Today’s HD 1080p TV market ecosystem is mature, with TV prices low and available content plentiful, from broadcast and On-Demand channels alike. So it must be time for the next new thing: 4K TV! You’ve seen and read articles about 4K already – the tone of them varies across a spectrum from over-hyping to caution regarding market adoption. What I’m going to attempt here is to present facts about 4K TV from availability of TVs, availability of content, required network bandwidth, video standards, etc., and you can decide whether you are ready to jump in.
Let’s start with the basics – what is 4K TV? It’s about image resolution. An HD 1080p image is 1080 pixel rows high and 1920 columns wide. 4K doubles these numbers to 2160 rows and 3840 columns. Notice that the 4K name is based loosely on the column number, not the height number as 1080p is – just to see if you are paying attention. Maybe because the total number of 4K pixels is 4X that of 1080p?
With 4X the number of pixels you would expect 4K screens to display a sharper image – and they do, but will you notice it? I remember the transition from 480 to 1080p – there were two factors at play at the time: An increase in the number of pixels and a big increase in TV size. The awesomeness factor came from the combination of both. 4K TVs are coming to market in the same popular 40” to 70” range as 1080p sets. What does this mean? If you are watching a 1080p TV in this size range from a distance of 10 feet or greater, you will not notice individual pixels. So a similar size 4K TV viewed the same distance will not appear to be any sharper. To experience true 4K sharpness of detail you need to watch from a closer distance. This is one of the reasons 4K computer monitors are gaining traction – even if you are quite close to the screen, the image is sharp. I can only speak for my home theater, but it isn’t practical to move all the seating closer to the TV. But wait! - if I bought a much bigger 4K TV than my 1080P set, the 4K image sharpness will be seen, and the larger TV would bring a better immersion experience. Aha!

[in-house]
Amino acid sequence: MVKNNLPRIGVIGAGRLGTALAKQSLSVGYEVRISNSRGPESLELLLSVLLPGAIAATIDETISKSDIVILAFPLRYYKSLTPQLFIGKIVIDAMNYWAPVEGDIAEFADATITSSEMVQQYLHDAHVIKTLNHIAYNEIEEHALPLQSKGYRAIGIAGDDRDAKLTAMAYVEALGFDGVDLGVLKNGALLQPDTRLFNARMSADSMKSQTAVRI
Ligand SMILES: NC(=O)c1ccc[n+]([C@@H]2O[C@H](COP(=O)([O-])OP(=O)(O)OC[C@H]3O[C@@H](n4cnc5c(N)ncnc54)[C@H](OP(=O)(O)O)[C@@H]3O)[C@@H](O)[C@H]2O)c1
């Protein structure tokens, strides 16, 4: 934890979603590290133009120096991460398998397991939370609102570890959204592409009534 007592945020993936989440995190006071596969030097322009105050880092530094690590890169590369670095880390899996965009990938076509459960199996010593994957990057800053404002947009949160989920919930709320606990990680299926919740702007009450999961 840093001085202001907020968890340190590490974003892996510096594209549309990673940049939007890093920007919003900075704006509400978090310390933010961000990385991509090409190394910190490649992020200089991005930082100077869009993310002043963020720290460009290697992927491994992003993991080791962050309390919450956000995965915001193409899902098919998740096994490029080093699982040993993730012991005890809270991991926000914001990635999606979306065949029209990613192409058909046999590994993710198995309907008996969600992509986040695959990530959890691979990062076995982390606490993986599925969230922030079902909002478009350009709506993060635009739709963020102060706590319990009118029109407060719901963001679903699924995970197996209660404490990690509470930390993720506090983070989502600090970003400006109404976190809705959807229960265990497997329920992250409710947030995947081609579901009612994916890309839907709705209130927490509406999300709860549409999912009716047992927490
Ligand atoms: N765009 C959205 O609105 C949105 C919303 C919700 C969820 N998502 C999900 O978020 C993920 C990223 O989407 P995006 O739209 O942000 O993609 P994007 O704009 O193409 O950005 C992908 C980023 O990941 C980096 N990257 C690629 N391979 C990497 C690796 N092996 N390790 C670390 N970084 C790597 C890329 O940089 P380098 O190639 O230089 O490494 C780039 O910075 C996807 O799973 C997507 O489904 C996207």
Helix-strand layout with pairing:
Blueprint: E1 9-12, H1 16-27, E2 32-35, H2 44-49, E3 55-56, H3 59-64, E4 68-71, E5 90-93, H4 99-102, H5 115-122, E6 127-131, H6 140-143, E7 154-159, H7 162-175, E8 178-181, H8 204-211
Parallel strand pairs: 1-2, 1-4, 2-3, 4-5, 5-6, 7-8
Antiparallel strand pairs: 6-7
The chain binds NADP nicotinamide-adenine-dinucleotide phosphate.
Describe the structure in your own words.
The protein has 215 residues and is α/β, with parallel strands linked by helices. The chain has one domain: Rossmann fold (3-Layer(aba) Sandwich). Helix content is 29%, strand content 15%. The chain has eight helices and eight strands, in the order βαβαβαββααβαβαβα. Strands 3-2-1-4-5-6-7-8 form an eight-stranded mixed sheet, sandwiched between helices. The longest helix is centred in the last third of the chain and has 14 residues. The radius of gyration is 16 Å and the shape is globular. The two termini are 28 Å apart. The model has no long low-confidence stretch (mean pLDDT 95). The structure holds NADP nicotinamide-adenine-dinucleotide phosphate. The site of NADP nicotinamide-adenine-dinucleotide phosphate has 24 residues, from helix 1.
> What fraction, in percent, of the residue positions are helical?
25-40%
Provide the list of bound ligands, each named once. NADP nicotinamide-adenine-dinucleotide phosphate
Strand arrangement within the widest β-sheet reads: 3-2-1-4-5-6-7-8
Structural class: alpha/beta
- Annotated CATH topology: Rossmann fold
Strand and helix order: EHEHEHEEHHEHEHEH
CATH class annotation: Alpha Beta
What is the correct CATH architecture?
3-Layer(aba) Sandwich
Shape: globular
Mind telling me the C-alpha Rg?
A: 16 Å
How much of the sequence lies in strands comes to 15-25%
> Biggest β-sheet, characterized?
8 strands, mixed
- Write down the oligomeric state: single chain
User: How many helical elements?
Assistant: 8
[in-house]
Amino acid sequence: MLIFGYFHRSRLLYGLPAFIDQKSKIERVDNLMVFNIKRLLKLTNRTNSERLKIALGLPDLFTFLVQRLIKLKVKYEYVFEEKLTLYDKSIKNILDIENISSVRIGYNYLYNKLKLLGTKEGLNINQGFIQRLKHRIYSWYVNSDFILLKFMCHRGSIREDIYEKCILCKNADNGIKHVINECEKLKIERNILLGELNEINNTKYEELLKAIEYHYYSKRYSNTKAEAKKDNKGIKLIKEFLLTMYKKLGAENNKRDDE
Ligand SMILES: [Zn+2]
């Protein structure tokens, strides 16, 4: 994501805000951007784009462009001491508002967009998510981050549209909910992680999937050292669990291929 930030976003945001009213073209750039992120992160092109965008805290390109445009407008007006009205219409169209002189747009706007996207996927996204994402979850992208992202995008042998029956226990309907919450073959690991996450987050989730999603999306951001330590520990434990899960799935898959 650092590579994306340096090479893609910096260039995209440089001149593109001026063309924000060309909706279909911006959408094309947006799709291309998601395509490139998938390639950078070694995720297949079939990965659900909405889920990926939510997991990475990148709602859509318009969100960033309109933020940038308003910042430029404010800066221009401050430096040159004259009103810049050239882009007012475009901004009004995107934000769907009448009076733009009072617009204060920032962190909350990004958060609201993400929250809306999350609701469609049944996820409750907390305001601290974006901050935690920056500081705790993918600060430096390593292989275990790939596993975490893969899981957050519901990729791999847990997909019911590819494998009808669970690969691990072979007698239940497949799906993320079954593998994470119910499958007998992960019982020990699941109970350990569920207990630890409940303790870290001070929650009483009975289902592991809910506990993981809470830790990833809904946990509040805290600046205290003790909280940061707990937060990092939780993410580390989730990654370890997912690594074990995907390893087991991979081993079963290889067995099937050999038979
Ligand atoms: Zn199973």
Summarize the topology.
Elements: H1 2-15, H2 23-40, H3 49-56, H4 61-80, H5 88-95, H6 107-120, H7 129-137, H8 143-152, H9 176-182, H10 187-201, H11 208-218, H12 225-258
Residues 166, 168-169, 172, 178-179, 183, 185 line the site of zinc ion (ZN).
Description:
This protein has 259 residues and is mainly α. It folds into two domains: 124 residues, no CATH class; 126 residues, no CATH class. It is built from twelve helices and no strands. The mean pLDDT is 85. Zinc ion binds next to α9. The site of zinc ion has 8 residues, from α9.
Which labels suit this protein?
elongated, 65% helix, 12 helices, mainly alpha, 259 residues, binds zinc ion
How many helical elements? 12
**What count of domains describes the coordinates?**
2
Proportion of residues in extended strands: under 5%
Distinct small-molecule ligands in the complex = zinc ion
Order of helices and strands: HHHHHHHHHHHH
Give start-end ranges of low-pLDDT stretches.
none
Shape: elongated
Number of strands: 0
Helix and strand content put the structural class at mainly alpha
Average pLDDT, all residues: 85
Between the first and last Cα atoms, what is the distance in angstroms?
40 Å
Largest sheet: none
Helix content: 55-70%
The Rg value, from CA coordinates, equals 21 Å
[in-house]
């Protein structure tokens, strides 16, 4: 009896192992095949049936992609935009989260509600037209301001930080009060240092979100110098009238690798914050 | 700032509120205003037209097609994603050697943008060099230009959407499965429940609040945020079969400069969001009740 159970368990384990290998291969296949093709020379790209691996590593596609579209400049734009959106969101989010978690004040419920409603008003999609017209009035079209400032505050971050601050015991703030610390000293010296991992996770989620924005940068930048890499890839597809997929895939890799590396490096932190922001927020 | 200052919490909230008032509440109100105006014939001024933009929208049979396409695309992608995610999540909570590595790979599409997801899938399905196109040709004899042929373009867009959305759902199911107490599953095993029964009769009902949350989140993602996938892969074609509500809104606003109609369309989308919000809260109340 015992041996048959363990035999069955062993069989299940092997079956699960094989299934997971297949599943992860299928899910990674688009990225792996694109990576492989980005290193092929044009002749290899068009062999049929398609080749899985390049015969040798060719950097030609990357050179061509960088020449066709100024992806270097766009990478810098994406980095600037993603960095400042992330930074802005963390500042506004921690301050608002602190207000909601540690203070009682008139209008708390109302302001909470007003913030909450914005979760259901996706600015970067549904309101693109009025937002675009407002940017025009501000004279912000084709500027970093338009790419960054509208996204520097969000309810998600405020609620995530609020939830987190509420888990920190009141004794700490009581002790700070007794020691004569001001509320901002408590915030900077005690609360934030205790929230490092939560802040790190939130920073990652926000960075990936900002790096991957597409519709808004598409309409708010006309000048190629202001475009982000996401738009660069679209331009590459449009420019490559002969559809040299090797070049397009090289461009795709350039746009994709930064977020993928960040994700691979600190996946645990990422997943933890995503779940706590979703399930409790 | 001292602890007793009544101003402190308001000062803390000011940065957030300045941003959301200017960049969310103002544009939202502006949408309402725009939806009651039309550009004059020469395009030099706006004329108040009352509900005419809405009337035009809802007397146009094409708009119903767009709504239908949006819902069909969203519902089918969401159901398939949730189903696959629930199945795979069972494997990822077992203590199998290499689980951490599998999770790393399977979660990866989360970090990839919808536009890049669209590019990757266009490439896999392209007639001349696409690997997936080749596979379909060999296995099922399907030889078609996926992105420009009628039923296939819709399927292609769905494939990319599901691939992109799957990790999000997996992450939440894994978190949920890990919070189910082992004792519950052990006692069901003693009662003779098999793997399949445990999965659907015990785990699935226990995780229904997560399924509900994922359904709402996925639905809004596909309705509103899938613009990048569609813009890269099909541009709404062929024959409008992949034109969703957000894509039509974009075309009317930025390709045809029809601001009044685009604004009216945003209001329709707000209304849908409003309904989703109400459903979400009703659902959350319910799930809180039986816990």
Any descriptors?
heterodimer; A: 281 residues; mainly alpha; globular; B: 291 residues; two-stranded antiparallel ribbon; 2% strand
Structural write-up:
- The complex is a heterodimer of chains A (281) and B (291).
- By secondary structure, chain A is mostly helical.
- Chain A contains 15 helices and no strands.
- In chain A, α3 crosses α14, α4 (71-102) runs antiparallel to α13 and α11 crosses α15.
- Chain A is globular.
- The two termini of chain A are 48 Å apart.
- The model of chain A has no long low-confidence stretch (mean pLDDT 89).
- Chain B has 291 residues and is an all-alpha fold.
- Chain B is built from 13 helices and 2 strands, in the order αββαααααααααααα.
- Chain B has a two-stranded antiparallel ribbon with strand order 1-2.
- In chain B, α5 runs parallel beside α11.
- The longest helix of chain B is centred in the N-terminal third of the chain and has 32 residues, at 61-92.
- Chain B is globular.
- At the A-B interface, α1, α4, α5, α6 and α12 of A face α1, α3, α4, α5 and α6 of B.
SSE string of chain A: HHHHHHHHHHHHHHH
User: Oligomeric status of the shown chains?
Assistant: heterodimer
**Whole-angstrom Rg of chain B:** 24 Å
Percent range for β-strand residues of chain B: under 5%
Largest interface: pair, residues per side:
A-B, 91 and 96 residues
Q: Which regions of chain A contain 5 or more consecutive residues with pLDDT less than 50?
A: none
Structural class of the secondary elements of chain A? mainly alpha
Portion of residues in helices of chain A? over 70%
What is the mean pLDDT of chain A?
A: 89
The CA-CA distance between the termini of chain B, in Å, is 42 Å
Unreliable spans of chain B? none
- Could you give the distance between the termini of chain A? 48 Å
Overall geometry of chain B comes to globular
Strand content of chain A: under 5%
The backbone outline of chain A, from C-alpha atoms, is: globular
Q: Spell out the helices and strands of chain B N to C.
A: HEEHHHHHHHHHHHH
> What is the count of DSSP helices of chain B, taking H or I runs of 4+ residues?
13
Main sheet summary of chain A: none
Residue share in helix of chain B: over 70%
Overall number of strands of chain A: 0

So, 4K TVs are shipping from most major manufacturers, but is there anything to watch in 4K? Broadcasters are starting to switch some sports events to 4K, and Blu-ray 4K players are appearing in the market, but there aren’t a lot of movie titles available in 4K yet. The elephant in the room in any 4K discussion is bandwidth. Live or on-demand 4K streaming requires a lot of bandwidth – around 25Mbps or more. Compare this requirement to previous 1080p and below formats:
Not many households have the high speed internet connections required by 4K. There is a bigger issue here – already during evening prime time a lot of Internet bandwidth is consumed by Netflix and other OTT services, and this is with SD and HD streaming. Broad 4K adoption implies significant scaling of the Internet and CDNs to handle the traffic load. There are short term solutions such as the video service launched by Sony. This is an unlimited 4K service that requires Sony’s media player and a Sony 4K TV. Movies are downloaded prior to viewing, which may take several hours depending on your Internet connection speed. But at least it’s a way to get 4K content to your TV, and the situation will improve over time.
Besides the content and bandwidth issues, are there other factors in play that may slow adoption? Several. H.265 encoding formats are still evolving, and Amazon and others are developing their own coding formats. TV hardware is not yet ready to handle future coding changes, so there will be some early market confusion and early adoption risk. Monetization is also a challenge – the combination of high delivery bandwidth cost and small 4K installed base means selling enough advertising to cover the costs will be difficult. Regardless, studios are now producing many new movies and TV shows in 4K for a couple of reasons. For delivering video content, having the highest bit rate source file is the best assurance that transcoding into the multiple popular formats and for various screen sizes will result in high quality video for the audience. Because over time the 4K infrastructure and user base will grow, content will be ready for consumption.